How did you come to write Rage Anthem?
I was in a bad place. I’d had some personally reversals and I was watching way too much news. That was right around the time of the Florida Riots and I knew people who had gotten caught up in them. I hated the human race. So, I sat down to write a story about the planet from an alien point of view. The whole thing just poured out of me.
I tend to process a lot of my writing internally before I start typing, so that part wasn’t too strange. The anger and pain and darkness was NOT what I usually write. I have a fiber blog. I usually write about how to set up your loom or match dye lots. Writing the story actually wasn’t all that much fun, but I couldn’t stop.
Your relationship to the story is almost as famous as the story itself. Was the anonymity intentional?
That was a by-product.
Rage was not on point for my blog. It didn’t seem fair to spring that kind of tirade on a reader who was stopping by to read up on the latest fiber products.
So I created a secondary blog and posted the story. I disabled the comments because at that point I really didn’t give a shit what other people had to say. I didn’t put my own name on it because it was posted as coming from Xerf. Putting an IRL name with it would have spoiled the illusion.
Then I forgot about it.
I occasionally thought about taking it down, but I’m enough of a pack rat that I wanted it to be stored somewhere. That was as good a place as any. Plus, it was a time in my life that I didn’t really want to revisit. I left it there the way you leave old chargers in a desk drawer. You know you should do something about them but you never get around to it.
Now, I’d say that’s it’s more of a willful anonymity. I’m no one’s image of Xerf’s amanuensis. No teenager wants to be reminded that an author who speaks their pain actually looks like their grandmother. Editors want a more marketable attitude, you know, more piercings, less knitting.
I don’t hide who I am but neither do I go to conventions. When the limited edition print volume came out, I didn’t do any in-person book signings. You quickly get tired of people looking at you with various degrees of shock and horror.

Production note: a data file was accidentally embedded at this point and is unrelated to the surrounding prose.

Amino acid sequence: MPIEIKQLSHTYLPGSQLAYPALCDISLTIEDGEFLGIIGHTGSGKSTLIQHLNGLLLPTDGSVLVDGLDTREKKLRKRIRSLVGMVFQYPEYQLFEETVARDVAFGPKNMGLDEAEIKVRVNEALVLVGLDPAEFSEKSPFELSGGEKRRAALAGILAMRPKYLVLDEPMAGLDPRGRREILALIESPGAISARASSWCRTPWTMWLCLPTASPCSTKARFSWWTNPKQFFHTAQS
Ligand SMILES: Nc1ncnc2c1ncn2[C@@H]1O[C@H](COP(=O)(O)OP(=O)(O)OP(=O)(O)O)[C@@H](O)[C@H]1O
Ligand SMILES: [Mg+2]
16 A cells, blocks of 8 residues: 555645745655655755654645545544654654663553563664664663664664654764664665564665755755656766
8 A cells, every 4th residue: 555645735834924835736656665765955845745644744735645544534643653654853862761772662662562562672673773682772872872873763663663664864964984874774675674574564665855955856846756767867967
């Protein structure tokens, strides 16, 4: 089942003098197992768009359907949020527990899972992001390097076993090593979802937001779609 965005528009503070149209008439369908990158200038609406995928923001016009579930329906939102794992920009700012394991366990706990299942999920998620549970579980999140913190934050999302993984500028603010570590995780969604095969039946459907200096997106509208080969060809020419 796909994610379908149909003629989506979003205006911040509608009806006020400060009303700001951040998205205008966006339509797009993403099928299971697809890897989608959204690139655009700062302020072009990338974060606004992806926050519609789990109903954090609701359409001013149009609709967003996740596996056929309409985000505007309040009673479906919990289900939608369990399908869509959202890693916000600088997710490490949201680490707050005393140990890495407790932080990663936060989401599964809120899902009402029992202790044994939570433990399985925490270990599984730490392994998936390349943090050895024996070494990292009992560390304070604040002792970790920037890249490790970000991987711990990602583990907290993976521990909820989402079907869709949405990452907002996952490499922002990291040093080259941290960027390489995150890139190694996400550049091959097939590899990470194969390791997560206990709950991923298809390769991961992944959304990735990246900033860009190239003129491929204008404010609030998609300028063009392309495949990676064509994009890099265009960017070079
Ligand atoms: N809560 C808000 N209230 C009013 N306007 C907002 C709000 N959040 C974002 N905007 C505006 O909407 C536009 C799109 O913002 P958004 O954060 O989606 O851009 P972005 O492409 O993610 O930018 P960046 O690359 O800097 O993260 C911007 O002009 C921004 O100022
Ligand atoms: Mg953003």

Are you surprised that so many young people read it?
I’m surprised that anyone reads it. Or at least reads it a second time. That is not a happy story.
I am surprised young people seems so drawn to it. I touch on modern events, but I also talk about the Cold War and First Wave Feminism. Those things were over before these kids were born. If you are fifteen, the 1970s are ancient history.
When did you realize Rage was popular?
When Xerf started showing up on memes, I honestly didn’t make the connection. I know it sounds disingenuous, but it’s true. I figured I’d seen the name somewhere and unconsciously copied it.
Did you know that XERF was the Mexican radio station where Wolfman Jack got his start? Xerf-the-alien would be pleased by that.
Even when it started to go viral, the original page never got that many hits. People would repost it. Readers would come over to my page, see that there was no more information, no way to comment, no way to contact the author. So they’d go back to the repost and argue about it there.
Every so often, I’d get a visitor spike on the fiber blog. I think someone would hack the server, do a backtrace, look around, assume it was a mistake, and leave.
Then I started getting comments. Mostly asking if I was related to the author. That’s when I put up a second About page saying, Yes, I was the author of Rage Anthem. No, there ‘s nothing on this blog that related to that fictional world. Thanks for visiting.
I had one … um … zealous fan who took it upon themselves to argue with me over the fact that I had written the story. They kept present proofs of why it was not possible for me to have done so. That’s when I started sorting Xerf-related emails into their own folder.
And then not looking at the folder.
It was a hairball.
Are you surprised that there is so much argument surrounding it?
Not really. It’s an angry story. The thing is, I’m not. I hate arguing. I hate people not getting along. I guess I unloaded decades of repressed anger into that one story and then went back to bottling it up.
Does the lack of day-to-day recognition bother you?
Depends which day you ask me.
Would you say you are proud of writing it?
I am a great admirer of snarky writing. I don’t do it very well. Rage Anthem was the one time I got in touch with my inner snark maven.
As for the message. It’s negative. That doesn’t make it wrong.
Have you thought of writing more, perhaps expanding it into a novel?
I wouldn’t have the faintest idea where to start.
That’s all the time we have. Thank you for stopping my to speak with us.
Thank you for having me.